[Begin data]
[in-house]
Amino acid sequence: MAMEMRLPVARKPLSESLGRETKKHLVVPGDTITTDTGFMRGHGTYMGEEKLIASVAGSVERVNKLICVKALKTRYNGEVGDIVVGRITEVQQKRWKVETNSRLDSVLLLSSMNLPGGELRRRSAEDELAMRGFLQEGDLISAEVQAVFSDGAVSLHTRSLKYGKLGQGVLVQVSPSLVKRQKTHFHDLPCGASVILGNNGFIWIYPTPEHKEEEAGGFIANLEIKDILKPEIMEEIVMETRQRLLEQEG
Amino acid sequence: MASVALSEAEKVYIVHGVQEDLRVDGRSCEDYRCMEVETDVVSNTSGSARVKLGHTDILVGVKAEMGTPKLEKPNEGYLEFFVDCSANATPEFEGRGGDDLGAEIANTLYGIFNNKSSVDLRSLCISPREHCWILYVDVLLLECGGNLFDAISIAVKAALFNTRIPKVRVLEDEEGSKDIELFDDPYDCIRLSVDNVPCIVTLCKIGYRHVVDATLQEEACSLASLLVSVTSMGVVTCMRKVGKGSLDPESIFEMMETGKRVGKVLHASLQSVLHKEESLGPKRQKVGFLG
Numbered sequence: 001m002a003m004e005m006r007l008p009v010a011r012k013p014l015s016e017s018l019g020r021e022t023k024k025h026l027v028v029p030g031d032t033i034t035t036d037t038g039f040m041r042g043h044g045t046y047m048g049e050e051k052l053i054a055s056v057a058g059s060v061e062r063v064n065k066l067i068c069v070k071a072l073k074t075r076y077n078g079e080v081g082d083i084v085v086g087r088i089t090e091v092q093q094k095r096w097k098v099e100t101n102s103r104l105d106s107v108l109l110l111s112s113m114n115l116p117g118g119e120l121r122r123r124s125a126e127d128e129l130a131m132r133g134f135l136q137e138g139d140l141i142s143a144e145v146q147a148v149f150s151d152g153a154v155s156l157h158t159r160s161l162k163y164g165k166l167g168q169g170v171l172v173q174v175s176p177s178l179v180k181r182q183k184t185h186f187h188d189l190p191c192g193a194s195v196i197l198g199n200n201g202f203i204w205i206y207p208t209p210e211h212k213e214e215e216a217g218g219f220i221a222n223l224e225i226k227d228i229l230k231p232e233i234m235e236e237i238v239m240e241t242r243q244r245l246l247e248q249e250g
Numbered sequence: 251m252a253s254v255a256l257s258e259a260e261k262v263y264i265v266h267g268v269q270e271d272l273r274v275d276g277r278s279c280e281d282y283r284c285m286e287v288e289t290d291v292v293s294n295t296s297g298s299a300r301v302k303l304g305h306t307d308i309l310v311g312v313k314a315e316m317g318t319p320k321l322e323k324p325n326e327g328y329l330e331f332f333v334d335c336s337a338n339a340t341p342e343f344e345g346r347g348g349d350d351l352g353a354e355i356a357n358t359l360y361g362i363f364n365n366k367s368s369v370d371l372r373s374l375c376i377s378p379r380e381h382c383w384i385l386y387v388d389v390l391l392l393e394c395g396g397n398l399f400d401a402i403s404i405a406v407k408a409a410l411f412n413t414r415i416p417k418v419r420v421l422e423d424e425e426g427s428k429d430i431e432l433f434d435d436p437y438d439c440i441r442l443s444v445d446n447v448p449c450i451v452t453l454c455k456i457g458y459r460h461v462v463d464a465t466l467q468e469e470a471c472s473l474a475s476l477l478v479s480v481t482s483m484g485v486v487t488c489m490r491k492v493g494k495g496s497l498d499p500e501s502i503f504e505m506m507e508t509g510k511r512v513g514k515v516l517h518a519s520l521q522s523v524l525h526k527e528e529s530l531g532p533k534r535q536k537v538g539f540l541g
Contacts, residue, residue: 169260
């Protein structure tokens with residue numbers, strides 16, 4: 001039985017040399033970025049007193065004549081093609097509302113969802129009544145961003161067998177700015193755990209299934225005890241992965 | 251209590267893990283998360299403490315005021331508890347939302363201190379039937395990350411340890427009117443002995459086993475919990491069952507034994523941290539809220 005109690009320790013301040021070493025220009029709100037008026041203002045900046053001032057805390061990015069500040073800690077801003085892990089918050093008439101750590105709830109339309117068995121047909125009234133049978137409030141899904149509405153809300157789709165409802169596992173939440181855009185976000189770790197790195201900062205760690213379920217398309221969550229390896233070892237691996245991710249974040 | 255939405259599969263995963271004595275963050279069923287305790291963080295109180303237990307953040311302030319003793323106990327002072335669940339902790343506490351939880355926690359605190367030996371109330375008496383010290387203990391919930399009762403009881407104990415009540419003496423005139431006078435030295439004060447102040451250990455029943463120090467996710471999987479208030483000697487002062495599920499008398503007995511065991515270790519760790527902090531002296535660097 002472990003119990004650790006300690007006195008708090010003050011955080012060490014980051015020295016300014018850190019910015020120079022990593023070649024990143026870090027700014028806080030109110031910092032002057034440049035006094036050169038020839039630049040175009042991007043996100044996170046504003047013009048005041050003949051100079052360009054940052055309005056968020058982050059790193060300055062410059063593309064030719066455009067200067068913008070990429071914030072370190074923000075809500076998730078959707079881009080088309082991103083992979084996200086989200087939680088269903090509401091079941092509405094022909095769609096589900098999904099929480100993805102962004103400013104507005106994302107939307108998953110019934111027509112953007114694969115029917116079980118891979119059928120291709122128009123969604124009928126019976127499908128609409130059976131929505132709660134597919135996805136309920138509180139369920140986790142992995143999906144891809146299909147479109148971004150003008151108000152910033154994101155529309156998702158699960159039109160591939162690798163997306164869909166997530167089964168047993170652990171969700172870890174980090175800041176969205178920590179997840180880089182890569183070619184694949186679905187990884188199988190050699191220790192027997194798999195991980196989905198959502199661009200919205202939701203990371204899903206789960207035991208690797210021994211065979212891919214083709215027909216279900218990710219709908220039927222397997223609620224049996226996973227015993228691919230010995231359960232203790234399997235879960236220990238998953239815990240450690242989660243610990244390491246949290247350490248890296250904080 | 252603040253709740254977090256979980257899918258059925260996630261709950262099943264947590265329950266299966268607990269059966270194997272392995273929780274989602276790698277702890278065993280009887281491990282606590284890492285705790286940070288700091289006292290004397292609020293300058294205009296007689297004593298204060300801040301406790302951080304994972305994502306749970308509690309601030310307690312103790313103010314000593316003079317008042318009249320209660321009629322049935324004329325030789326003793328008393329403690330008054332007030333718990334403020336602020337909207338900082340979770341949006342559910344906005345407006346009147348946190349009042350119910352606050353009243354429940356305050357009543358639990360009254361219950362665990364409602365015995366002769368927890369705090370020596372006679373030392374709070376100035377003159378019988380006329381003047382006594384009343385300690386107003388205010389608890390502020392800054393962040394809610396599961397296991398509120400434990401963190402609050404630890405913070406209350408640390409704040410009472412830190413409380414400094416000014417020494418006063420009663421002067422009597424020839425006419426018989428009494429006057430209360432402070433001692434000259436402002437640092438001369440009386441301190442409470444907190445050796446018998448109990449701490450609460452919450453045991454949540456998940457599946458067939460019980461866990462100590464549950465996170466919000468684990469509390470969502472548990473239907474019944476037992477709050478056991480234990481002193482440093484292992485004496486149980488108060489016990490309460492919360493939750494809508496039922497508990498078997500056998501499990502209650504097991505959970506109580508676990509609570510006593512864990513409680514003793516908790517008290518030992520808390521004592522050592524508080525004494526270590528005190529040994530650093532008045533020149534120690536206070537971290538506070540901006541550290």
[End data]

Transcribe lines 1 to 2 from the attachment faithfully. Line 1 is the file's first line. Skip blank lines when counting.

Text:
[in-house]
Amino acid sequence: MAMEMRLPVARKPLSESLGRETKKHLVVPGDTITTDTGFMRGHGTYMGEEKLIASVAGSVERVNKLICVKALKTRYNGEVGDIVVGRITEVQQKRWKVETNSRLDSVLLLSSMNLPGGELRRRSAEDELAMRGFLQEGDLISAEVQAVFSDGAVSLHTRSLKYGKLGQGVLVQVSPSLVKRQKTHFHDLPCGASVILGNNGFIWIYPTPEHKEEEAGGFIANLEIKDILKPEIMEEIVMETRQRLLEQEG